The Slingjaw Wrasse is a very peculiar fish because it folds its jaw under its head when not in use and extends it from its body when it needs to catch food. The jaw functions like a straw in order to capture its prey using suction.
Watch the Slingjaw Wrasse extend its jaw:
Young fish are brown with small white stripes. As the fish get older, coloration varies from shades of brown to electric yellow. Fully grown males have dark bodies, an orange/yellow back, and a white head with a black line through the eye.
Slingjaw Wrasses reside in coral rich areas such as reefs and lagoons, and can be found as deep as 130 feet.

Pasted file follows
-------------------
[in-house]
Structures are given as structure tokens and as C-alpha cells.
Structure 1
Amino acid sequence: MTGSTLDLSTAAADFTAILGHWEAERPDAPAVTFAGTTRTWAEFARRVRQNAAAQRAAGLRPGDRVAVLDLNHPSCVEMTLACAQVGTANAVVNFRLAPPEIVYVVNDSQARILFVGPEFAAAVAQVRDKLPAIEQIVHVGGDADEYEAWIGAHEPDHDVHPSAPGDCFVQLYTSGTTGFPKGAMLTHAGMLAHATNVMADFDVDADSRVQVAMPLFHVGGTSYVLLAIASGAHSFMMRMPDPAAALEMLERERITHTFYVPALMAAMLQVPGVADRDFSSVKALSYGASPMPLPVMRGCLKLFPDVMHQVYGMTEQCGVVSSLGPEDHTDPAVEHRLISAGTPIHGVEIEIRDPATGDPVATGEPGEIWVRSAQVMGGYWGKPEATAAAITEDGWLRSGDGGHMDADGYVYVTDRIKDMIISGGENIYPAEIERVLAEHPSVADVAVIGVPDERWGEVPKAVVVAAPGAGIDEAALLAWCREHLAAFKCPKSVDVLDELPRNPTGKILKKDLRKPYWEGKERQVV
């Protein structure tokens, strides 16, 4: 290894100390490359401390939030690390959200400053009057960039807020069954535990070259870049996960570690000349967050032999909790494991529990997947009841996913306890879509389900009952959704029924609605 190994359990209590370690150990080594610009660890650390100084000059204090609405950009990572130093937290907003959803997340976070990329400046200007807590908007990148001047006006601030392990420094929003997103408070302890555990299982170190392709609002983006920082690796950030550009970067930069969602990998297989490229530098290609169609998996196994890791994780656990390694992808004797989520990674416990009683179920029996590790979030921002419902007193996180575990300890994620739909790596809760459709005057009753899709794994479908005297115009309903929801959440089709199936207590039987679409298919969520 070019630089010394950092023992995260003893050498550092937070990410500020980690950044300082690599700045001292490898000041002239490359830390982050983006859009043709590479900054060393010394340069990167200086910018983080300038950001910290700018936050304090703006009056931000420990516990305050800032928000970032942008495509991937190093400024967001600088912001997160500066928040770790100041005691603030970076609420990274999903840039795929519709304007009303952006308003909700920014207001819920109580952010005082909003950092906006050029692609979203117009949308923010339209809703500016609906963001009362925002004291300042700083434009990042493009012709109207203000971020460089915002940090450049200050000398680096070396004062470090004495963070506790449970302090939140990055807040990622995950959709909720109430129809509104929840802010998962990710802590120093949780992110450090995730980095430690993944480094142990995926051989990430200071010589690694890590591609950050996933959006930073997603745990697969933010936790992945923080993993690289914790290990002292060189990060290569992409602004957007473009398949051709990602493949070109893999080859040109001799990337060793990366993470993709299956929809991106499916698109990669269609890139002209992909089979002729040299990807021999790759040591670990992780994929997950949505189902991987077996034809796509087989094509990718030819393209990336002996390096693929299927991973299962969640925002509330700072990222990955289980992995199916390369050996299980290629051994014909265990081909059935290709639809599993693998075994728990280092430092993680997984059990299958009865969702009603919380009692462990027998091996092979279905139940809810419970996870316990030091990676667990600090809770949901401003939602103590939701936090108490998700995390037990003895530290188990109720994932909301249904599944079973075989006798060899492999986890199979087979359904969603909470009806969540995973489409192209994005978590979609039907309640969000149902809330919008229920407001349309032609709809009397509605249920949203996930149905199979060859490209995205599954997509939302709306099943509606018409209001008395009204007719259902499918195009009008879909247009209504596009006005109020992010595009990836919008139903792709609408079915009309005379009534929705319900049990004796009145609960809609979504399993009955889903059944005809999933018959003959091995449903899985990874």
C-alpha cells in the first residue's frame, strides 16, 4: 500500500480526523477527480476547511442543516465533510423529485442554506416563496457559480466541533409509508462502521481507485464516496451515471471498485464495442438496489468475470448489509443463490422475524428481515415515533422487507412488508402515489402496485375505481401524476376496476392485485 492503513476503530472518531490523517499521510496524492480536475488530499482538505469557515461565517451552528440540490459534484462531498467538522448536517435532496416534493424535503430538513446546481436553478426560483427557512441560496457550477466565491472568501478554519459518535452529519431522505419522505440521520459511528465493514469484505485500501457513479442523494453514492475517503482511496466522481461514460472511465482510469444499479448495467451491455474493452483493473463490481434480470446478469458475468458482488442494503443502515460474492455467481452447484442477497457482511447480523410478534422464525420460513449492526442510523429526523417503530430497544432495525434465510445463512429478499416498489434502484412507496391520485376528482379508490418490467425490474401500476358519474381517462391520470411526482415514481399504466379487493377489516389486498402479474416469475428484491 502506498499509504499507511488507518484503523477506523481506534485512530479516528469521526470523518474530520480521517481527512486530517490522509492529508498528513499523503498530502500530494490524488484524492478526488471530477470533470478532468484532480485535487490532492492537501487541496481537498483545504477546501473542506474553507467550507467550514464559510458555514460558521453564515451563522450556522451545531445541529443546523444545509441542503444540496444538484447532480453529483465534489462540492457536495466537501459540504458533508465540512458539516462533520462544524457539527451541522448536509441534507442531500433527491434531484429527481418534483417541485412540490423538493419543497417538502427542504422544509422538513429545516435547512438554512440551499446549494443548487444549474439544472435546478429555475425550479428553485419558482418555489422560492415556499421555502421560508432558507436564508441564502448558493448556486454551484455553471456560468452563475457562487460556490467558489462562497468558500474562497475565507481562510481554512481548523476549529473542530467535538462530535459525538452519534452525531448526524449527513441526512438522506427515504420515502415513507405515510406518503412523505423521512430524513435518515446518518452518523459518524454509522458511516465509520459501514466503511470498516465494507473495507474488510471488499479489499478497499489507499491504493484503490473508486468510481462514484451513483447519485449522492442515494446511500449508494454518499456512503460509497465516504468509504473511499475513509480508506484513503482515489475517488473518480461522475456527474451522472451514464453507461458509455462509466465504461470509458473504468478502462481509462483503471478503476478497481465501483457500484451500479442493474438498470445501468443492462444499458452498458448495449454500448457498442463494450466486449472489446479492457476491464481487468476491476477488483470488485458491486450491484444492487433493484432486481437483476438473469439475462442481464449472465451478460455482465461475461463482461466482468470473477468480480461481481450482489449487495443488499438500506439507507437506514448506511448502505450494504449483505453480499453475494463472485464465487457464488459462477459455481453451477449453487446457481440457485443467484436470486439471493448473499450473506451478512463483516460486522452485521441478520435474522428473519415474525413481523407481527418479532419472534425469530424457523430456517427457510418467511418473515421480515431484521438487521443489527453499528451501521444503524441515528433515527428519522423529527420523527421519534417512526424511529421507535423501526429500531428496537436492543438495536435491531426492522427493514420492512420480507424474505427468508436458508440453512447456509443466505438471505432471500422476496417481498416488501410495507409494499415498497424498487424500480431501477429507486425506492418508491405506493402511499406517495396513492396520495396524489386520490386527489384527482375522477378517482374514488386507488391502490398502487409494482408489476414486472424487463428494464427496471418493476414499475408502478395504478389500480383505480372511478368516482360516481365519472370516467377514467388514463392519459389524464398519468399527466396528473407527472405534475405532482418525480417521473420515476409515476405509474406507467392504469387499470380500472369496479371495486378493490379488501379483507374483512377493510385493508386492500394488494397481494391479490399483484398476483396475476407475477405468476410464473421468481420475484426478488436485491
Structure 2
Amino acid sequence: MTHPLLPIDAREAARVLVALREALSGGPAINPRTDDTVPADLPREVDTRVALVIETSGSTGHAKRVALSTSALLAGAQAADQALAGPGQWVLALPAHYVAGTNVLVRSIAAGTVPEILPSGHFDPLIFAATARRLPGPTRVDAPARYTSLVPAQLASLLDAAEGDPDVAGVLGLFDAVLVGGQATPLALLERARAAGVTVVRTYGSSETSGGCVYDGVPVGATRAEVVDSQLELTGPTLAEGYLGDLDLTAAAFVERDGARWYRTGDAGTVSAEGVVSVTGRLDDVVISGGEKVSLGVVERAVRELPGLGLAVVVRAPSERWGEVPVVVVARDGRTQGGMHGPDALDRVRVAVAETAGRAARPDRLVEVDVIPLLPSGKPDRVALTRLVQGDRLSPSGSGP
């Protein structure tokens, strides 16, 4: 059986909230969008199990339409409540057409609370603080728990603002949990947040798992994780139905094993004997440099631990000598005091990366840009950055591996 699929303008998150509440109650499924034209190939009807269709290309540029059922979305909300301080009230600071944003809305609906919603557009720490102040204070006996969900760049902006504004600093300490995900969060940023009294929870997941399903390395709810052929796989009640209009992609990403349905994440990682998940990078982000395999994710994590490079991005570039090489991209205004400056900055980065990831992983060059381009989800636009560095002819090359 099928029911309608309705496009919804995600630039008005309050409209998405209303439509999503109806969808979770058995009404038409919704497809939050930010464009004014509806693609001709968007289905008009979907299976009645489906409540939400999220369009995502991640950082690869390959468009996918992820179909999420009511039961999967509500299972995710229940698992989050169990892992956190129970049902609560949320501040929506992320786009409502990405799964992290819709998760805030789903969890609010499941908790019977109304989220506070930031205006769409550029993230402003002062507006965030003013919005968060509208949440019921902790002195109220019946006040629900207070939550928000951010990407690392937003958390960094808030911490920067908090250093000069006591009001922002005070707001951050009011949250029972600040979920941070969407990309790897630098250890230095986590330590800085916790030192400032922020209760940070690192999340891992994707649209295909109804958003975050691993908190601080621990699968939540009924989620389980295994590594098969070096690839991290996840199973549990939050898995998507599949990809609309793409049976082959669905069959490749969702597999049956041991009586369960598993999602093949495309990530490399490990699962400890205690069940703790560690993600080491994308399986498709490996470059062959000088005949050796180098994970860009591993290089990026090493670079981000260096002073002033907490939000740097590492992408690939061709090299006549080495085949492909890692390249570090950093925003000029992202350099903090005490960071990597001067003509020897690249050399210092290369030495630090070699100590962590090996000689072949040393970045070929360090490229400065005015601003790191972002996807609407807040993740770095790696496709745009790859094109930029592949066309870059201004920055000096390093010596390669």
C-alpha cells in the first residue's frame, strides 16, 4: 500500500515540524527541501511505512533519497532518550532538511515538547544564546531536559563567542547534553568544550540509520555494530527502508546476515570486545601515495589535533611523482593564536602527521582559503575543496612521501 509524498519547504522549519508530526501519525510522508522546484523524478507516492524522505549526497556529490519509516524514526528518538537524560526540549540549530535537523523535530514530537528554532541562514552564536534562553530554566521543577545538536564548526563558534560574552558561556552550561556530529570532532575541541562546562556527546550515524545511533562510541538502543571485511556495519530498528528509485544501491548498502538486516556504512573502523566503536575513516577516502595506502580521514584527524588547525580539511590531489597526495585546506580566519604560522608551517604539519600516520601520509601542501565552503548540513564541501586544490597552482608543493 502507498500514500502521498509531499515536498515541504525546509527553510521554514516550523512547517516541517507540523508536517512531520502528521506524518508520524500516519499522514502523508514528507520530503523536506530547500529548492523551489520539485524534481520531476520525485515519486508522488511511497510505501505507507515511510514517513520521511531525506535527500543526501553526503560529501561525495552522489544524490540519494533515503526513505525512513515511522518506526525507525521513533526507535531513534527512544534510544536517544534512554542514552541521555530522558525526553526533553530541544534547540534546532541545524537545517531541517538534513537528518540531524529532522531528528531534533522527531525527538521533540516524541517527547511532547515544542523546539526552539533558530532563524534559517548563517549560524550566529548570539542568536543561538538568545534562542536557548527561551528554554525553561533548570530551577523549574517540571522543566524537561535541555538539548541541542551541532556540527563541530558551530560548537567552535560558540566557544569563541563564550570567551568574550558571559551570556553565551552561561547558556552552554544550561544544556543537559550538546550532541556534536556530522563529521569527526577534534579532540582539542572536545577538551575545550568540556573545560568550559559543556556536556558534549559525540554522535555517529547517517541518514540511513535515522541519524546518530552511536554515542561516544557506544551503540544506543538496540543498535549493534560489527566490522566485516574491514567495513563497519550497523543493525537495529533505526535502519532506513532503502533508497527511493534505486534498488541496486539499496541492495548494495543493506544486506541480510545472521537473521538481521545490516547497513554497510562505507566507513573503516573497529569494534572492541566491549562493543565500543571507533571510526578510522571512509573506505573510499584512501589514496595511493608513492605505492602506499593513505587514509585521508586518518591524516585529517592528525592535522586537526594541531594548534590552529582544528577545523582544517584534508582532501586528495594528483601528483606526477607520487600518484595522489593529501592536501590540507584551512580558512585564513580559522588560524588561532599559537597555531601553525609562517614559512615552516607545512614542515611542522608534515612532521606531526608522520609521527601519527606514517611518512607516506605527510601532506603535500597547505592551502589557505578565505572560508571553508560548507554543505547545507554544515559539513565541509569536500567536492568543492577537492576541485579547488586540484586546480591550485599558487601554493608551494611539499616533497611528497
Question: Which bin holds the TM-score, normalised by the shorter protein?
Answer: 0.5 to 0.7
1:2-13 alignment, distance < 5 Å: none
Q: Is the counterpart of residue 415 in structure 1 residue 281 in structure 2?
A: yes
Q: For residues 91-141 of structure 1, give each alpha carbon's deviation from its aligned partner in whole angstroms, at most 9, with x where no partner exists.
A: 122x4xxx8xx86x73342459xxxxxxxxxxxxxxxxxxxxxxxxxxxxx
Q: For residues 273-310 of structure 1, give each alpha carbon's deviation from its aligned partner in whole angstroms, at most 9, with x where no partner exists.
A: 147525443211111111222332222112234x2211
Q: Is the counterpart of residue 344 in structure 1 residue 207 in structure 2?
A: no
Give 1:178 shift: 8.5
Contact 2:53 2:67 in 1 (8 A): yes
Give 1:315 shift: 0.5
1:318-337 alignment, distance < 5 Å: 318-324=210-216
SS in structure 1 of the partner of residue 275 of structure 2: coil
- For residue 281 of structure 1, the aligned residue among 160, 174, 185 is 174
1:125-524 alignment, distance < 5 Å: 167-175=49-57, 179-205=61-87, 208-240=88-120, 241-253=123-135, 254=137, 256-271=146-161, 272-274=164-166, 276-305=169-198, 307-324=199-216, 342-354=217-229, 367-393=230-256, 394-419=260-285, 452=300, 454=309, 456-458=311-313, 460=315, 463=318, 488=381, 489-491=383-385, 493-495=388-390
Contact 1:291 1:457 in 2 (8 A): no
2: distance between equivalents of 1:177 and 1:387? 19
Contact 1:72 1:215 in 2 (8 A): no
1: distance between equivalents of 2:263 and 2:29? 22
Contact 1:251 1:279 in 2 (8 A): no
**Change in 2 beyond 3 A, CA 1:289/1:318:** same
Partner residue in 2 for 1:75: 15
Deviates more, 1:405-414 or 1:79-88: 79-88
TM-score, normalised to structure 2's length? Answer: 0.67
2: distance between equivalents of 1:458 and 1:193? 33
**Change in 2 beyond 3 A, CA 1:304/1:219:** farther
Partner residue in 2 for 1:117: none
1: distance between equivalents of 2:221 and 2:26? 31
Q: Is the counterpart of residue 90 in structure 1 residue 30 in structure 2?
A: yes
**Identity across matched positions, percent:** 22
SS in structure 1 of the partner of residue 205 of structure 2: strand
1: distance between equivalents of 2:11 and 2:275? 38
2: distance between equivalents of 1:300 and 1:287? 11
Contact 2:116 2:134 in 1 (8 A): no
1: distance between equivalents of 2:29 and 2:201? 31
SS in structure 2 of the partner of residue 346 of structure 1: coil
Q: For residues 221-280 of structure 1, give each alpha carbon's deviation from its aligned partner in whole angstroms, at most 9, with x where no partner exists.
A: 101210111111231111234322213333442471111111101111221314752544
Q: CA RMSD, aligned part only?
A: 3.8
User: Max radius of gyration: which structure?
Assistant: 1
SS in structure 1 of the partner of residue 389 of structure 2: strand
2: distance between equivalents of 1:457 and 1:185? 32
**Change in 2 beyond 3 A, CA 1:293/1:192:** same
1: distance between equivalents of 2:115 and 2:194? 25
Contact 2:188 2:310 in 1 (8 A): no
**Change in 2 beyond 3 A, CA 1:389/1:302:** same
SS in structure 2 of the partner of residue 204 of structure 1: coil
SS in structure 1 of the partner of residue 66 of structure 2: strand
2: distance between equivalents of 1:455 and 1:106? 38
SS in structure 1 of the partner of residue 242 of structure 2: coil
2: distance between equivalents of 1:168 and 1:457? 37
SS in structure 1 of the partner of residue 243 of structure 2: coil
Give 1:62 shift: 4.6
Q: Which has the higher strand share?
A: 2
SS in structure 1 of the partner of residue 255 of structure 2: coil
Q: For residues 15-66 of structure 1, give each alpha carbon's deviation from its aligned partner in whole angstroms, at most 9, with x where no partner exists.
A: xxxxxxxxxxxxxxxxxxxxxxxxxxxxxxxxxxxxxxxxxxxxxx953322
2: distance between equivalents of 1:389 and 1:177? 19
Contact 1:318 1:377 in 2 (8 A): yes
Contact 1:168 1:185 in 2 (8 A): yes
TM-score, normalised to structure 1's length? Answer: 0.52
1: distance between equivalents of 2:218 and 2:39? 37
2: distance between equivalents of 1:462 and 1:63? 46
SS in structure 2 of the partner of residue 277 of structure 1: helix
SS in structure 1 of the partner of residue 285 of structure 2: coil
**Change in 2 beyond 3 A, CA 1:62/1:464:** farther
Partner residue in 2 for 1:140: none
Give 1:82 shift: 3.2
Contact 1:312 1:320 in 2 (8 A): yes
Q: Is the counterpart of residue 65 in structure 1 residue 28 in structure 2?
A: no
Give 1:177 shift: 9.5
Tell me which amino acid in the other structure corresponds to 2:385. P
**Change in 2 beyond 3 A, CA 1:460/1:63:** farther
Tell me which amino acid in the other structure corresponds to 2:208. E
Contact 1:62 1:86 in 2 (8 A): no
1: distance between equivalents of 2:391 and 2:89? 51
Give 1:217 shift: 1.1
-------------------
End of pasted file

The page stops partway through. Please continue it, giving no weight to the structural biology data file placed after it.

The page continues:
The Slingjaw Wrasse feeds on small crustaceans and fish found in the reef.
This species normally grows up to 14 inches.
The Slingjaw Wrasse is found in the Indian Ocean from the Red Sea to South Africa, and in the Pacific Ocean from Southern Japan to New Caledonia. They also reside in the Hawaiian and Tuamoto Islands.
This species is not threatened.
Larger fish and sharks
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